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BIOLASE, Inc. Message Board

  • sunbuyers sunbuyers Jun 21, 2003 6:44 PM Flag

    Fools and crybabies!

    For the past 5 or 6 months you've all been touting BLTI management as the "greatest thing since white bread". Now all of a sudden they are a bunch rotten conniving s**ts. Are you people for real? You don't have the slightest idea what management's plans are and yet you assume the worst. Up to now they have always acted in the company's (and investors) best LONG TERM interests. Now, because your measly few shares have come down a couple of bucks temporarily you want to organize a lynch party. I have every faith that Jones & Co. will use the proceeds of the secondary to enhance the company's long term prospects and with it your sorry pocketbooks. Now stop whining and enjoy the next year or two's ride.
    A company that lays all its' plans on the table will soon lose its' competitive and market advantages. The company is not in business to satisfy the needs of either the traders or the short sellers. The long term investor should be the prime benefactor.

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    • goatsuckingshortmaggot goatsuckingshortmaggot Jun 23, 2003 11:09 AM Flag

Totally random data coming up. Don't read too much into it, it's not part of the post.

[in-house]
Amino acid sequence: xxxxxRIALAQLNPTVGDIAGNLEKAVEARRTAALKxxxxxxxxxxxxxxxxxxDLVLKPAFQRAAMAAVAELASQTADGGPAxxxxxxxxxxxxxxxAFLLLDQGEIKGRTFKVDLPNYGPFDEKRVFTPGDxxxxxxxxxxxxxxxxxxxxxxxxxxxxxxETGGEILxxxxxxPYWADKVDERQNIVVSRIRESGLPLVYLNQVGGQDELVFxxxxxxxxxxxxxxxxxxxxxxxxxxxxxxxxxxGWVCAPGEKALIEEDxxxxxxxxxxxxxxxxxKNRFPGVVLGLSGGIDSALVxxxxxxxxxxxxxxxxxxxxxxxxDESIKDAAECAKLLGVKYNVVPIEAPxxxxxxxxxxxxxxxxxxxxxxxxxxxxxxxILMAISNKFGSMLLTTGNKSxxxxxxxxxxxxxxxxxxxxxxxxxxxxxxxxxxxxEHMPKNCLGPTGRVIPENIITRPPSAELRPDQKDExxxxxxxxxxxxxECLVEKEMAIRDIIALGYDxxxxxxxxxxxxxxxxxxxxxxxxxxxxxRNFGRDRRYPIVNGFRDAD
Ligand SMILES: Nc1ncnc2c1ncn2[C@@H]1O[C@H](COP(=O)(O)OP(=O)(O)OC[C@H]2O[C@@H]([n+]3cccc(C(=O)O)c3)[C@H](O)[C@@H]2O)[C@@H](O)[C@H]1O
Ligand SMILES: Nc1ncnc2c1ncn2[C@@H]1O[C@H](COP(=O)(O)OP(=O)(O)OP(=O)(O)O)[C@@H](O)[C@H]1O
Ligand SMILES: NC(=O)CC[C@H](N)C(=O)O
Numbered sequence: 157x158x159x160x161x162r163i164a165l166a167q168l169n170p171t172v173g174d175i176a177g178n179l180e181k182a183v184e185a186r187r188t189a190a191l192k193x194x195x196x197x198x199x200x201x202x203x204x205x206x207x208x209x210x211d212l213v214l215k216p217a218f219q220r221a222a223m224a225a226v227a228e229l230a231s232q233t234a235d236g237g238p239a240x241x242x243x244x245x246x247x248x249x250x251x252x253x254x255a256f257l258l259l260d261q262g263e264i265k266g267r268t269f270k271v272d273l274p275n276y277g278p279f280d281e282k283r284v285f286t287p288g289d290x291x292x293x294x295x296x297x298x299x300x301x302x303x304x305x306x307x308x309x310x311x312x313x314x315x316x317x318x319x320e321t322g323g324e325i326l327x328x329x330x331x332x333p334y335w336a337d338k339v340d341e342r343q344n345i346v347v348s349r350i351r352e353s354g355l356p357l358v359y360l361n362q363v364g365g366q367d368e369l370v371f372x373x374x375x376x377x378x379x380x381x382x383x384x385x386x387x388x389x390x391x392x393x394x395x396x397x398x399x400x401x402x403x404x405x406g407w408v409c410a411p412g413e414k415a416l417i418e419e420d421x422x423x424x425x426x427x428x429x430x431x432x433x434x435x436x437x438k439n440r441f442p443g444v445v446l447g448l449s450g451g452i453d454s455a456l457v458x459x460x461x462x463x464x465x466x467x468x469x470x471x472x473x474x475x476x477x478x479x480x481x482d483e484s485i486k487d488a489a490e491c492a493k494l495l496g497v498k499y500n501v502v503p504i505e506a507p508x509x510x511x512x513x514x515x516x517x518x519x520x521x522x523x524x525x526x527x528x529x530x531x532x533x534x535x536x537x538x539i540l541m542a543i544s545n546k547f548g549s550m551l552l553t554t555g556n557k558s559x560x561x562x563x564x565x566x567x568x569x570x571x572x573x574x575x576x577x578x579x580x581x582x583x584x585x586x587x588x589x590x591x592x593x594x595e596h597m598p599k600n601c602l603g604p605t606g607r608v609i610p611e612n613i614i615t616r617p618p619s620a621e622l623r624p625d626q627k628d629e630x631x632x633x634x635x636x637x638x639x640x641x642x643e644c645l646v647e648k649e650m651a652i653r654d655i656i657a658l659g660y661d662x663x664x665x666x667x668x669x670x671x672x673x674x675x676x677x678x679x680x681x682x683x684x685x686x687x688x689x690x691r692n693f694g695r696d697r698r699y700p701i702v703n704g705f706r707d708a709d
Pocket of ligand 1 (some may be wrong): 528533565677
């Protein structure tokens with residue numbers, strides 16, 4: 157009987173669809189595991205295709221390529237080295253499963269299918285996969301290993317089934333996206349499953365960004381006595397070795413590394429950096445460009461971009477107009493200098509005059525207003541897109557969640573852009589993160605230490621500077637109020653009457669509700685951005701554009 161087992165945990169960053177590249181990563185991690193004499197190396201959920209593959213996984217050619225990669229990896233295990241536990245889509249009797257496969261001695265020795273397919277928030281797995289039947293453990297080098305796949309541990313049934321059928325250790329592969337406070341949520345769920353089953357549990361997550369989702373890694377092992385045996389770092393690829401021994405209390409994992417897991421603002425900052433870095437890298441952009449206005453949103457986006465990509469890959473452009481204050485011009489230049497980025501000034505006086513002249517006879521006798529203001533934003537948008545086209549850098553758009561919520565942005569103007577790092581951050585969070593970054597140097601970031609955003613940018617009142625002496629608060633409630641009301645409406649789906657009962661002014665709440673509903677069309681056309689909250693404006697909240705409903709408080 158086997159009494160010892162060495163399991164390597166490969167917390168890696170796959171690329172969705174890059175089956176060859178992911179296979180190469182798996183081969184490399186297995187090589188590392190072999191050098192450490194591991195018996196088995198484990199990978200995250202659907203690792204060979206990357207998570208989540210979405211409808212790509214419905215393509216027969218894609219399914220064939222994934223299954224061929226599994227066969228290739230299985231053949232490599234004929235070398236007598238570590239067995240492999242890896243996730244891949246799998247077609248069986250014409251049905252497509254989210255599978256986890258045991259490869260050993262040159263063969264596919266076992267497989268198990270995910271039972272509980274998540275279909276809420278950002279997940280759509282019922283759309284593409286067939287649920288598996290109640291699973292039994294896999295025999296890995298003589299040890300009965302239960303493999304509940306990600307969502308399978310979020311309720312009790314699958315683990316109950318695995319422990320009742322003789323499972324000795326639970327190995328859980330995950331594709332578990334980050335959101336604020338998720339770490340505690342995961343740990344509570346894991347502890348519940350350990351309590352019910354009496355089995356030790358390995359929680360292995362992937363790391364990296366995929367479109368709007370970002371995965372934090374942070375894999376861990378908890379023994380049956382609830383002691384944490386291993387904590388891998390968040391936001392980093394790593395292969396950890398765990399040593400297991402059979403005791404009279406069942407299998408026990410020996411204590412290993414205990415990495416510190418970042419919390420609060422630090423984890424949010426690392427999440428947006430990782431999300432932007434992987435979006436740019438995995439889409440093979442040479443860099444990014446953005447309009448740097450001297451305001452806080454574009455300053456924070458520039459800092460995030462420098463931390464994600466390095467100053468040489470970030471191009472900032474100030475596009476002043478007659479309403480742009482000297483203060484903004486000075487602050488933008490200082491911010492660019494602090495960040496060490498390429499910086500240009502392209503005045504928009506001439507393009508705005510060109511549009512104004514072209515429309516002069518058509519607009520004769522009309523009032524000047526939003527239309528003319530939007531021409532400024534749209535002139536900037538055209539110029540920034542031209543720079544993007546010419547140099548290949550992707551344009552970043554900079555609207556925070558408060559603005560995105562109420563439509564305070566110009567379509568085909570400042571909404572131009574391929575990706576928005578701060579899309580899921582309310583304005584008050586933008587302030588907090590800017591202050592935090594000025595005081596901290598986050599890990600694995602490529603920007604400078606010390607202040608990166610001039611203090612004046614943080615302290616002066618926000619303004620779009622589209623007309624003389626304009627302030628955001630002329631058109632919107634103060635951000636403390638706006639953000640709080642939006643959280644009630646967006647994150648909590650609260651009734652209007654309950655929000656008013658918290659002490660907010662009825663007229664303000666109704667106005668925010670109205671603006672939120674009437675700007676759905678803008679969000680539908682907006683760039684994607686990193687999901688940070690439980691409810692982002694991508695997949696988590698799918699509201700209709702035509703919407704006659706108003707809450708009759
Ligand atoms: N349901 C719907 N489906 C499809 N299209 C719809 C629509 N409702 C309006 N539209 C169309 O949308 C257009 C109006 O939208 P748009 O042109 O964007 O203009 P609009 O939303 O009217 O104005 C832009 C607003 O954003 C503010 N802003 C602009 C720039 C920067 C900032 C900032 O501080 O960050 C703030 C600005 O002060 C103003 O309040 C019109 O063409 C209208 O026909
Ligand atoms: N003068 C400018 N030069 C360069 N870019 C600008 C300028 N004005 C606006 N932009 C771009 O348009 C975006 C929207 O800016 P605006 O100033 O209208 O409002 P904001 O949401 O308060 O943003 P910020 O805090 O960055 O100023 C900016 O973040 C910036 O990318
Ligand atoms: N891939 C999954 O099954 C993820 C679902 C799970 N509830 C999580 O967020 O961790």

Most of these secondarys go out at about a buck less than the prior days trading.

      Buyers today don't seem compeled to chase the asks, a lot like Friday.

    • I can't show you the rule but I believe a trusted poster on the ALD board who answered my question regarding naked shorting posted regarding BLTI. The uderwriter can naked short because it's a new offering. As you probably recall the SEC filing for the offering was previously posted here and included that provision. For other issues concerning naked shorting go to mssg # 18231 on ALD board

    • they can sell to market makers in fact the underwriter is also a market maker. the naked short is not important, their not going to short it below the offering price they buy stock below the offering price to keep the price up during the offering period.